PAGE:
Birth of a Book: a tour of Smith Settle’s handmade bookbinding process
Watch Smith Settle bookbinders bring a hardback book to life.
Beautiful poetry of an amazing art. A film by Glen Milner
How many of us pause to wonder, when we hold a beautiful book in our hands, about the work that went into making it?
In the case of a Slightly Foxed edition – elegant pocket-sized clothbound books that are limited to 2000 copies and cost £15 – it’s hard NOT to consider this. Who chose the lovely coloured linen and contrasting endpapers, you ask yourself? Who blind-stamped the reading fox on the front, or gilded the book’s author and title onto the spine?
For this mesmerizing exclusive video, Glen Milner visited Smith Settle bookbinders near Leeds, where the owners, Don Walters and Tracey Thorne, allowed him to film the making of the 17th Slightly Foxed book, Suzanne St Albans’s memoir Mango and Mimosa, from start to finish.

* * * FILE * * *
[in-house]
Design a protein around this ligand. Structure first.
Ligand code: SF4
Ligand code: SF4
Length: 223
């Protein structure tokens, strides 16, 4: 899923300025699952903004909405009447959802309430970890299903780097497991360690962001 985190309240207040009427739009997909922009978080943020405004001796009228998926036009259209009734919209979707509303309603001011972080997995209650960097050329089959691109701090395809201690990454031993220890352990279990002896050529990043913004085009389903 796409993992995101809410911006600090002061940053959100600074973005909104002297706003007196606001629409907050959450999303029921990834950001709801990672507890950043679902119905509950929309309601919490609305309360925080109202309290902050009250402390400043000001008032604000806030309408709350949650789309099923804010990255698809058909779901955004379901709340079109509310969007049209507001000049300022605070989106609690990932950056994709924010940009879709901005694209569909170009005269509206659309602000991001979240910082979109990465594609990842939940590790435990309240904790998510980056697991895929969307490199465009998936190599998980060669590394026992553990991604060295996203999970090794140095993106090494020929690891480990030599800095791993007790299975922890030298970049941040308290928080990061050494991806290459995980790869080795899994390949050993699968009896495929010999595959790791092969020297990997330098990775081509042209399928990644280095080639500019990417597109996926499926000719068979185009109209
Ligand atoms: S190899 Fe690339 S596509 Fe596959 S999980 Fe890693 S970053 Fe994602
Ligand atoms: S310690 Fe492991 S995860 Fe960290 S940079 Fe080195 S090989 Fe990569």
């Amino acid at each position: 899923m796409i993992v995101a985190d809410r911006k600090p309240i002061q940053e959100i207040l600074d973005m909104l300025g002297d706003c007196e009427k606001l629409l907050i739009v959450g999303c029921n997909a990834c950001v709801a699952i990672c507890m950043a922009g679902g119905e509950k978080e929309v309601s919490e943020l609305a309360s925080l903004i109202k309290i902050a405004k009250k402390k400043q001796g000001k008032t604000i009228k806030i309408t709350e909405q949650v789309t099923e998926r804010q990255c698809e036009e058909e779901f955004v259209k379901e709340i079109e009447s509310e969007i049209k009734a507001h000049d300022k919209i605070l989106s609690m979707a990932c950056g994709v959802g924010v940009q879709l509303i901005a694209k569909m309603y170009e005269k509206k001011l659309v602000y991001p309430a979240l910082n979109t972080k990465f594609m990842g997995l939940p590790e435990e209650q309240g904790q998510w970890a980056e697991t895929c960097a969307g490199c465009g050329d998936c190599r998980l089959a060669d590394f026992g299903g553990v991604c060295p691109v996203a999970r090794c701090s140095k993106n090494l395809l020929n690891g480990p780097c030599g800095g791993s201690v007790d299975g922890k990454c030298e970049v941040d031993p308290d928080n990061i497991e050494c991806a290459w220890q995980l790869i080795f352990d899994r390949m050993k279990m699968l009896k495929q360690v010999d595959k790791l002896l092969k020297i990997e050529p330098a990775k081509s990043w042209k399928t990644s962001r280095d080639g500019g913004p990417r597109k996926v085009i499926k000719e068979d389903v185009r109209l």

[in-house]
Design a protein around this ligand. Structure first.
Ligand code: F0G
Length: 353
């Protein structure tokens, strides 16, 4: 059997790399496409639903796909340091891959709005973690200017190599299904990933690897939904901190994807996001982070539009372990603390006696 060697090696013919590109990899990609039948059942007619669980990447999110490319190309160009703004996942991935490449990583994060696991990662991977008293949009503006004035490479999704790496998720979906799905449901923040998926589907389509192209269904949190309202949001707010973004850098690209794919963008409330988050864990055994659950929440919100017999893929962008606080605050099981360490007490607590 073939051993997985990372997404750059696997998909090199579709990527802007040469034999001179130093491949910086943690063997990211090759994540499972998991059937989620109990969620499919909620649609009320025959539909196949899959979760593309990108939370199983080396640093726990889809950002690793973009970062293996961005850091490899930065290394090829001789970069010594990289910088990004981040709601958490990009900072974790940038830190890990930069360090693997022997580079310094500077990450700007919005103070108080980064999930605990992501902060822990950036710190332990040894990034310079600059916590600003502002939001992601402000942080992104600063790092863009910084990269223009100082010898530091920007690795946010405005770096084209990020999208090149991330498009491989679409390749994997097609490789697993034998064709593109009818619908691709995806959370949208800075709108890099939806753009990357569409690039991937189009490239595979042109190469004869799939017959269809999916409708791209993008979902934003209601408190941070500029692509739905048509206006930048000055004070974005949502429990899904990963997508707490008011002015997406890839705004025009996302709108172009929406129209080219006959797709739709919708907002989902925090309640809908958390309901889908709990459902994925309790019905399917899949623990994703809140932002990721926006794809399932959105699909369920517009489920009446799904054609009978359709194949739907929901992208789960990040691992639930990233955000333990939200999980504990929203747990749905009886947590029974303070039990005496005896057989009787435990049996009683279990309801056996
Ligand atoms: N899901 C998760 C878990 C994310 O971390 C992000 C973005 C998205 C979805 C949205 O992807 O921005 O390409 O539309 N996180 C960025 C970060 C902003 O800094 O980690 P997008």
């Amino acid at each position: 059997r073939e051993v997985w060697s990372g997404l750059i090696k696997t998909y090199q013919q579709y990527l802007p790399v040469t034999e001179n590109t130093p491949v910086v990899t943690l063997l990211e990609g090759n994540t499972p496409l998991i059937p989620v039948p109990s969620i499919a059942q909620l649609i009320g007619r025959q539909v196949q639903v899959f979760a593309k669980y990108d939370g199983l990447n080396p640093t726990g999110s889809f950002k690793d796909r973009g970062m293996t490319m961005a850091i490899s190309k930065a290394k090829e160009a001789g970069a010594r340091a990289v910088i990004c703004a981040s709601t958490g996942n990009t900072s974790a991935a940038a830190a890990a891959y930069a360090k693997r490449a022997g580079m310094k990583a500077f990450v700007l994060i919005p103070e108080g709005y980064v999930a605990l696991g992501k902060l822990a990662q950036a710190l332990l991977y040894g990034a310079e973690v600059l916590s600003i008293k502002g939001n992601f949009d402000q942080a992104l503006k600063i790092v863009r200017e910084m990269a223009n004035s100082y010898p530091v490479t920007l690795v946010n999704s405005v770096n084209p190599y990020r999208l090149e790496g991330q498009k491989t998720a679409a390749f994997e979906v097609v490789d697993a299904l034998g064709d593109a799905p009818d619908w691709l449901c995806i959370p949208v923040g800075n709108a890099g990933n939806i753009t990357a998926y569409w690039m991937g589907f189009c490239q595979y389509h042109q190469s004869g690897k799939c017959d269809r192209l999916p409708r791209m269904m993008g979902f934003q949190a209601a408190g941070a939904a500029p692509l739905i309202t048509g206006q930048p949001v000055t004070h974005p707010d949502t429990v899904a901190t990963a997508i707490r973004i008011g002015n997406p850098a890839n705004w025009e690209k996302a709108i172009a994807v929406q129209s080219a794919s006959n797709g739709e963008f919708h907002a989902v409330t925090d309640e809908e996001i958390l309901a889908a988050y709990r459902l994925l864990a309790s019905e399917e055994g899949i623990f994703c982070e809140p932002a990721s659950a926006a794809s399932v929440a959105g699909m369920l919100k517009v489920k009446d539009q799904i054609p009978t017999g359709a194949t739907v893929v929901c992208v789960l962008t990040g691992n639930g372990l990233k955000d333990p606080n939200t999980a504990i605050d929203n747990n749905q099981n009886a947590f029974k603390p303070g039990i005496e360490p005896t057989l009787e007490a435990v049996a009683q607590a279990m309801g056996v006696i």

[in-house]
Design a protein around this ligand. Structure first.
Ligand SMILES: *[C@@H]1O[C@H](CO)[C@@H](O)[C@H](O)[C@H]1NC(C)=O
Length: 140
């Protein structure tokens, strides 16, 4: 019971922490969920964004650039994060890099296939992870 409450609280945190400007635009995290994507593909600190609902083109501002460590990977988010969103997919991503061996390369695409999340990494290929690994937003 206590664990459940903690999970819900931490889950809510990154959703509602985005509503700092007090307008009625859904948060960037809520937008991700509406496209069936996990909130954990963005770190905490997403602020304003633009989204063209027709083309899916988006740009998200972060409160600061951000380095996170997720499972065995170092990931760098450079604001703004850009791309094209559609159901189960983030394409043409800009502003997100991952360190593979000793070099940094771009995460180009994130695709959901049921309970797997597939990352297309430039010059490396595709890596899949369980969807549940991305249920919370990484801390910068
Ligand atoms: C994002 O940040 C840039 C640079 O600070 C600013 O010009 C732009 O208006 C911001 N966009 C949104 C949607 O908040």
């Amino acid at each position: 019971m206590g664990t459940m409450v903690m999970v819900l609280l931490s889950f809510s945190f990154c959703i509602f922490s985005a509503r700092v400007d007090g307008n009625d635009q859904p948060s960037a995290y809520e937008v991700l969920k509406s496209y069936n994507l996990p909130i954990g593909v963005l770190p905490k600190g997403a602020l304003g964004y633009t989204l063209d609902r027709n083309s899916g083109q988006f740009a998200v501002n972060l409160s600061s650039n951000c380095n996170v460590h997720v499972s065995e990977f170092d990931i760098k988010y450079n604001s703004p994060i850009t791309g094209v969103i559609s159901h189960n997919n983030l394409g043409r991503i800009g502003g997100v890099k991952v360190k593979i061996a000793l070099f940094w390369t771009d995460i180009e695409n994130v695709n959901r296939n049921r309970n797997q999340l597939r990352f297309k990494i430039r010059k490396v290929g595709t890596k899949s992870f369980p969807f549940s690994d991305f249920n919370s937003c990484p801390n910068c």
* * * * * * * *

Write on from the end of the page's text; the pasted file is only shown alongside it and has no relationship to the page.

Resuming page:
Here, you’ll get a behind-the-scenes look at the printing plates, the stitching of the “signatures” (folded sections), the pressing and gluing, the adding of the ribbon bookmark and head and tail bands, the making of the final hardcover in green linen cloth and the numbering of the copies. All of it done with great care, much of it by hand.
Slightly Foxed is paradoxically innovative and old-school. While most books are now printed and bound overseas, their choice to collaborate with Smith Settle, traditional British binders who have made elaborate editions for the Folio Society among others, has meant that instead of struggling to keep up with the digital revolution, this small press is making a profit.
I’m so glad to share this with you from the London Telegraph. Books are a very important and vital part of my life. As much as I appreciate and am enamored by the electronic press and technology, I sincerely hope this art form never dies. Our world would truly be a lesser place without these miracles.